People like Saul were not primarily interested in the state of their souls after death; that was no doubt important, but no doubt God would have the matter in hand. They were interested, urgently, in the salvation which, they believed, the one true God had promised to his people Israel. (N.T. Wright, What Saint Paul Really Said, 118.)
How do we estimate what a person is primarily interested in? Perhaps by seeing how often they return to the subject, or what they mention on important occasions. And perhaps, also, by the manner in which people write about things: is it detached, or is it impassioned—“urgent,” as Wright says?
How do we decide whether a person thinks that something is important for him but is nevertheless a matter that he is not primarily interested in? How does one weigh that kind of thing? That’s more difficult, I suggest, because many things may be important for a person that he does not keep talking or writing about. He may only talk about such things when they are challenged or when he is asked a question about them. Such people may be intensely personal, or private. So it’s not altogether easy to test Wright’s claim about Paul, the Apostle to the Gentiles (as Saul became), and what was important for him.
However, we can say this much: There are numerous occasions in which Paul writes about the destiny of his self after death and about the destiny of Christians more generally. Writing to Timothy, he refers to the crown of righteousness that the L ord, the righteous Judge, will award to him on that final day (2 Tim. 4:8). And more generally, he argues at length to the Corinthians that the resurrection of Christ is the key to their own resurrection. For if Christ is not raised, we are yet in our sins (1 Cor. 15:17). Bearing in mind his teaching in this passage, when Paul thinks of “the soul after death,” he clearly does not mean “the soul in exclusion from the body.”
What about his desire to be with Christ and so not to remain in the body? (Phil. 1:23). And what about the marvelous passage in Philippians 3 expressing his determination to gain Christ and to be found in him, not having a righteousness of his own but that which come through faith in Christ; this looks intensely personal, does it not?
But of course, the importance that Paul attached to the state of the soul after death (in 2 Cor. 5:6, for example) was also one way of expressing his concern for the salvation of Israel. L ook at Romans 9:2, where Paul writes movingly of his “great sorrow and unceasing anguish” for his people the Jews, being willing to be “accursed and cut off from Christ for the sake of my brothers, my kinsmen according to the flesh” (v. 3), for a further example of this. The expression “cut off from Christ” seems pretty comprehensive. Charles Hodge says that the word accursed “applied to all those who were regarded as deservedly exposed, or devoted to the curse of God.” The plight of the Jews was such that Paul ha rbored t he w ish that he himself might be accursed for their sake.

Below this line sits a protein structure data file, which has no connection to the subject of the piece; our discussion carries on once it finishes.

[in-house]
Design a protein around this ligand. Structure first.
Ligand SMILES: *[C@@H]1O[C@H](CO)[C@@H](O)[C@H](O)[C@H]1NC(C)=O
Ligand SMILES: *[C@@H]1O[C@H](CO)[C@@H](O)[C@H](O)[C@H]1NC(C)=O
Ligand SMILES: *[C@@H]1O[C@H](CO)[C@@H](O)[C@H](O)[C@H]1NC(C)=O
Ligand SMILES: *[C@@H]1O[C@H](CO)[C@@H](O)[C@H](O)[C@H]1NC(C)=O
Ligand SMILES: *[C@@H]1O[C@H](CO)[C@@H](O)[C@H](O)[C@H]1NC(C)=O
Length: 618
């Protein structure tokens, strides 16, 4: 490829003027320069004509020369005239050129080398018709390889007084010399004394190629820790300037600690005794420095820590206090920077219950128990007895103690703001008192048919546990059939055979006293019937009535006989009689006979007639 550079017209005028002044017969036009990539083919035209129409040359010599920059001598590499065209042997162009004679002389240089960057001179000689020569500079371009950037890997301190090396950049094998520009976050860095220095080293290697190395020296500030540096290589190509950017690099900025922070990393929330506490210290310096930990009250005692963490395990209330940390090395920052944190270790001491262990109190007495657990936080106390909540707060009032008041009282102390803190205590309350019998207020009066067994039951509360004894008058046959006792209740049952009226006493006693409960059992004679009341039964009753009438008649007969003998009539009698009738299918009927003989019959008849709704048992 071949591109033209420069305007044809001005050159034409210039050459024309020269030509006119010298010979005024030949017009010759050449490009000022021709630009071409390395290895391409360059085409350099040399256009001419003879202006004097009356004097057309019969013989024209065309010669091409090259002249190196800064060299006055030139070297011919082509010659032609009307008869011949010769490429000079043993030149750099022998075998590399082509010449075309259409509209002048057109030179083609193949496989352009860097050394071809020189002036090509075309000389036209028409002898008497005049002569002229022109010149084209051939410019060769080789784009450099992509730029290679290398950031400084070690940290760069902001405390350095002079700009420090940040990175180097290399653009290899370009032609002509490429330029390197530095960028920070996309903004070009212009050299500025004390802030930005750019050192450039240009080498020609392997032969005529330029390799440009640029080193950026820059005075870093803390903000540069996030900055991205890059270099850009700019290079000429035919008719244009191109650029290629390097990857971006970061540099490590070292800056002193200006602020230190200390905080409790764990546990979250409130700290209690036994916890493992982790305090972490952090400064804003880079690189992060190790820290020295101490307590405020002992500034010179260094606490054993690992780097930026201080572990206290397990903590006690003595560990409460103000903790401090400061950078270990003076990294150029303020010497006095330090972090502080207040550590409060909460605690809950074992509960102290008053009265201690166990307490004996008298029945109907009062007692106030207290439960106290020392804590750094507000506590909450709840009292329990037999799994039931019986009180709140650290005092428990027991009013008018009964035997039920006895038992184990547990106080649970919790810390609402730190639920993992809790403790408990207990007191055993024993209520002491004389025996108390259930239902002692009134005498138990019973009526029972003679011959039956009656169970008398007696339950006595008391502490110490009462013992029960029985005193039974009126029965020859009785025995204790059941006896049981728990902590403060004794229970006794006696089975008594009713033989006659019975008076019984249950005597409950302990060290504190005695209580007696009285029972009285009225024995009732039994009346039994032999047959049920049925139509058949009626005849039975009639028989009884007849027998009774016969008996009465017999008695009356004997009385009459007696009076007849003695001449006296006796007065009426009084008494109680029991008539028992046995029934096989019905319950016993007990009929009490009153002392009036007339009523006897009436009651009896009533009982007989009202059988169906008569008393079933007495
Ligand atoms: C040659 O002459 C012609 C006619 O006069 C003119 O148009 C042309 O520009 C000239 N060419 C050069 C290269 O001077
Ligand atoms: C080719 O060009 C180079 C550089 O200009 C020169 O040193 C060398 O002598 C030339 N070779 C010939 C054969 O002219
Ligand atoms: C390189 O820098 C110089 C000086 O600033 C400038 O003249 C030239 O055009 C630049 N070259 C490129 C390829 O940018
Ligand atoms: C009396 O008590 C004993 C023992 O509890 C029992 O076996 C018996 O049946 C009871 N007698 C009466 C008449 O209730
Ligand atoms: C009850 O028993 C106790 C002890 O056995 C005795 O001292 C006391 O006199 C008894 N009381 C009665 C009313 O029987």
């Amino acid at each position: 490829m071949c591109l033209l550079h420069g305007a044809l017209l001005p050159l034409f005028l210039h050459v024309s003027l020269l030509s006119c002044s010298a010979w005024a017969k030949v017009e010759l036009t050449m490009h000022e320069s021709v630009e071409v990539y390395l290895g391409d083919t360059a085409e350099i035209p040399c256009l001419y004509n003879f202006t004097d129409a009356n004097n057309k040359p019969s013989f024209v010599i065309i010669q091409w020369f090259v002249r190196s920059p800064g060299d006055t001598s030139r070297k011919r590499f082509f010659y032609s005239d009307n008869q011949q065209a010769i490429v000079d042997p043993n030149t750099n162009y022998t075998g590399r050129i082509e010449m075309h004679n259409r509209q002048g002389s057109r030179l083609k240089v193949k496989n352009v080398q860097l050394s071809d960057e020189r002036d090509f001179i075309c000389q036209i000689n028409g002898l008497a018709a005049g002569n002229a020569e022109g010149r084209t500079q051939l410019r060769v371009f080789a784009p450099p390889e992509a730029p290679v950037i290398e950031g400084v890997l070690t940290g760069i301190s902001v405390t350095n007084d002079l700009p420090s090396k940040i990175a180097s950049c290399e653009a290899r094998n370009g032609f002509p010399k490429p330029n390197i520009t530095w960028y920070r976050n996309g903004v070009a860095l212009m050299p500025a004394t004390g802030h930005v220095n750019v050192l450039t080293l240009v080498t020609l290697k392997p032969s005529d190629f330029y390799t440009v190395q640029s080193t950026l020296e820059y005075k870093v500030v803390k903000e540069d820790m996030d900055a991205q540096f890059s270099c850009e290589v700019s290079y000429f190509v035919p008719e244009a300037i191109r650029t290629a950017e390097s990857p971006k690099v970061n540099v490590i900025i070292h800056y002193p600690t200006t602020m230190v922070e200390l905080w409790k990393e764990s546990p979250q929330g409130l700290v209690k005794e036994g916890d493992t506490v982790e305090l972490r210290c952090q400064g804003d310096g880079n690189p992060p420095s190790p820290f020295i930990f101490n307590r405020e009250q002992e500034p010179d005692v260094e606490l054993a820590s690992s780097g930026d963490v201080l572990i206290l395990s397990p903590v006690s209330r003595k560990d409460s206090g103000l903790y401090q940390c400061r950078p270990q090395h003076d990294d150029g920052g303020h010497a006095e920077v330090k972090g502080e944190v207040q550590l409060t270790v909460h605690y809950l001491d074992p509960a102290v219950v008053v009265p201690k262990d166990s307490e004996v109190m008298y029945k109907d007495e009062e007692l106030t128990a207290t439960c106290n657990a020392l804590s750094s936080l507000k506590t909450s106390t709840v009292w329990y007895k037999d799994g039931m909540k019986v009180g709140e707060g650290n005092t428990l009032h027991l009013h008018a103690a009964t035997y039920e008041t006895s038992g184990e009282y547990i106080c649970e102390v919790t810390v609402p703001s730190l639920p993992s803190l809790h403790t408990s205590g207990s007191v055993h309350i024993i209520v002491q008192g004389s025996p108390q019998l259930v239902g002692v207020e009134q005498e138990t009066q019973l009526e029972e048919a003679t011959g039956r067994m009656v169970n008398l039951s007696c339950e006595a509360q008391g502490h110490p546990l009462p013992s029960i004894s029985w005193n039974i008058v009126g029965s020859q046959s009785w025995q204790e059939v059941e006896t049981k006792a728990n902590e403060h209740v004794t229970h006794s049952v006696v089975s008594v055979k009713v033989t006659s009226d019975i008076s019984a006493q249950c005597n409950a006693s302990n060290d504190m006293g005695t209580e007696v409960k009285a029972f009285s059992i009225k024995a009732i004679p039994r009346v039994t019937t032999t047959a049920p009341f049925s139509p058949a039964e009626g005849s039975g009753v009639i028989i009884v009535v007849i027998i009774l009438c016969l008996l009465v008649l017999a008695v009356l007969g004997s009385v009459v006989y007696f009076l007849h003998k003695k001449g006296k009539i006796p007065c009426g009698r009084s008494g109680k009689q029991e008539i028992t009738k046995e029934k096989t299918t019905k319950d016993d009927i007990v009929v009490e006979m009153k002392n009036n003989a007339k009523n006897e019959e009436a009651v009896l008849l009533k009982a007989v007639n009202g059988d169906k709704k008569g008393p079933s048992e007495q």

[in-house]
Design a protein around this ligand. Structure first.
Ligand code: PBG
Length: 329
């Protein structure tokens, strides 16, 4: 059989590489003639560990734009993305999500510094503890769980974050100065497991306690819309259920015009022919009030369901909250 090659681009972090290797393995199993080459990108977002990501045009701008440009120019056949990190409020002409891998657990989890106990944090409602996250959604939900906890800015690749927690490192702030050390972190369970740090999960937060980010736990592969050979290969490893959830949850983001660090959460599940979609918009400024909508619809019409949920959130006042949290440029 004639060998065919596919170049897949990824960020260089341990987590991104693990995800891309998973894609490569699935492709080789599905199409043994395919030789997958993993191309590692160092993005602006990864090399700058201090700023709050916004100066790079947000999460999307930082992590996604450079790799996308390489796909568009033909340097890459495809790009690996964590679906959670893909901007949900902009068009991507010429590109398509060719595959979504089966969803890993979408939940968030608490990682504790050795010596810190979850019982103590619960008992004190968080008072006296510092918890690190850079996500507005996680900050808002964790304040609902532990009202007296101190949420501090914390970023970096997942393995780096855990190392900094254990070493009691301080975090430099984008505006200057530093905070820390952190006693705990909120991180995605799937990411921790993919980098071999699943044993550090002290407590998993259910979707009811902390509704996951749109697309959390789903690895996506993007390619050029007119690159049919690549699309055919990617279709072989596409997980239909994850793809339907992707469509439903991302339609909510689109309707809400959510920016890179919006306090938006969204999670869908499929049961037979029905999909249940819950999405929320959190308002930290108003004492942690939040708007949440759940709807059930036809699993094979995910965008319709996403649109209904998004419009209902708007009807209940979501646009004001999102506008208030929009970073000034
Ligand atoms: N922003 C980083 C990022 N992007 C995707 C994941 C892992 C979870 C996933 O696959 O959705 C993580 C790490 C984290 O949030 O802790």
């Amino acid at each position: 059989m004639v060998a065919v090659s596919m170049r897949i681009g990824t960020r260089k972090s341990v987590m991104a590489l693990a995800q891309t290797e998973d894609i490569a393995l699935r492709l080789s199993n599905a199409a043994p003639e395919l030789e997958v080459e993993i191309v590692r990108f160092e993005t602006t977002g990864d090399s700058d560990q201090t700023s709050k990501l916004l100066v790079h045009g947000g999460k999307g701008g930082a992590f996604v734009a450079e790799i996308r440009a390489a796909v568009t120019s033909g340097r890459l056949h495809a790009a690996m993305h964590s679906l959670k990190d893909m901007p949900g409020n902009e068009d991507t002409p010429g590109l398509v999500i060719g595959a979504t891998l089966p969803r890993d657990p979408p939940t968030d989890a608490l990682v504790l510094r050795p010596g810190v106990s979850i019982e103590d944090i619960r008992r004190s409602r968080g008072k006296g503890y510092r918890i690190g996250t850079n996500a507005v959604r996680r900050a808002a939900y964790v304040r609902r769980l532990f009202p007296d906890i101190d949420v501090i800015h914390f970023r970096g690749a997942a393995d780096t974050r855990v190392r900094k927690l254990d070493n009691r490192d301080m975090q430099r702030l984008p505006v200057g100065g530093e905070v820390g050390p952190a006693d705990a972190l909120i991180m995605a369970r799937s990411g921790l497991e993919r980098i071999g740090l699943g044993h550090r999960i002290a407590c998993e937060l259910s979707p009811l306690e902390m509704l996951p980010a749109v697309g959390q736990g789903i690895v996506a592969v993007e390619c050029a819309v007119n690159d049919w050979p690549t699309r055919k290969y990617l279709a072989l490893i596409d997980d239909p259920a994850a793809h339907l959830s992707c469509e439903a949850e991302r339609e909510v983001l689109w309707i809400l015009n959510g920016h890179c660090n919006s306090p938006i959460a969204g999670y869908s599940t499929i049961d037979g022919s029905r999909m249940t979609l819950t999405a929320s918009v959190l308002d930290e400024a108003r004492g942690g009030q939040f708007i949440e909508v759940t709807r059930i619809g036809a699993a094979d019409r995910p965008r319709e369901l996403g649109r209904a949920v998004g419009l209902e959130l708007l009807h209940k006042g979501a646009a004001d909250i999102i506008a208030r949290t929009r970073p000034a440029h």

There is another way of understanding what Wright says. Perhaps he is hinting that there is no tension in Paul between his concern for his own individual, personal destiny and his concern for the destiny of other people. Here the evidence is rather mixed, or unclear. This is because we might take “Israel” to refer to the Jewish nation, or we might take it to refer to those whom Paul called “inward” Jews — those whose hearts were circumcised (Rom. 2:29), the “Israel of God.” Paul’s concern for the salvation of such people is unbounded, but as we have seen, though he says that he could wish that he himself were accursed for his own people, the Jews, he did not actually call upon God to curse him for their sake. There was certainly tension between Paul’s concern for himself and his fellow Christians, and his concern for his “own people.”
There may also be something of a false antithesis that Wright is posing in the quotation at the top of this piece. Why must we choose one option to the exclusion of the other? In this case, only if Paul did. But did he?
Why not both together, at once? Why may not Israel’s salvation, however this is understood, whether of what remained of ethnic Israel or of the “true Jews” variety, be a corporate salvation that is composed of saved individual people? Is this not how, guided by the New Testament, we usually understand these things?
Further, why may not the state of a person’s soul after death be one way, perhaps the chief way, in which the salvation that the one true God had promised to His people Israel was to be, or is, realized? Thus, God’s “promised salvation” and the “state of the soul after death” may on some occasions be two ways of saying the same thing.
This article is part of the New Perspective on Paul collection.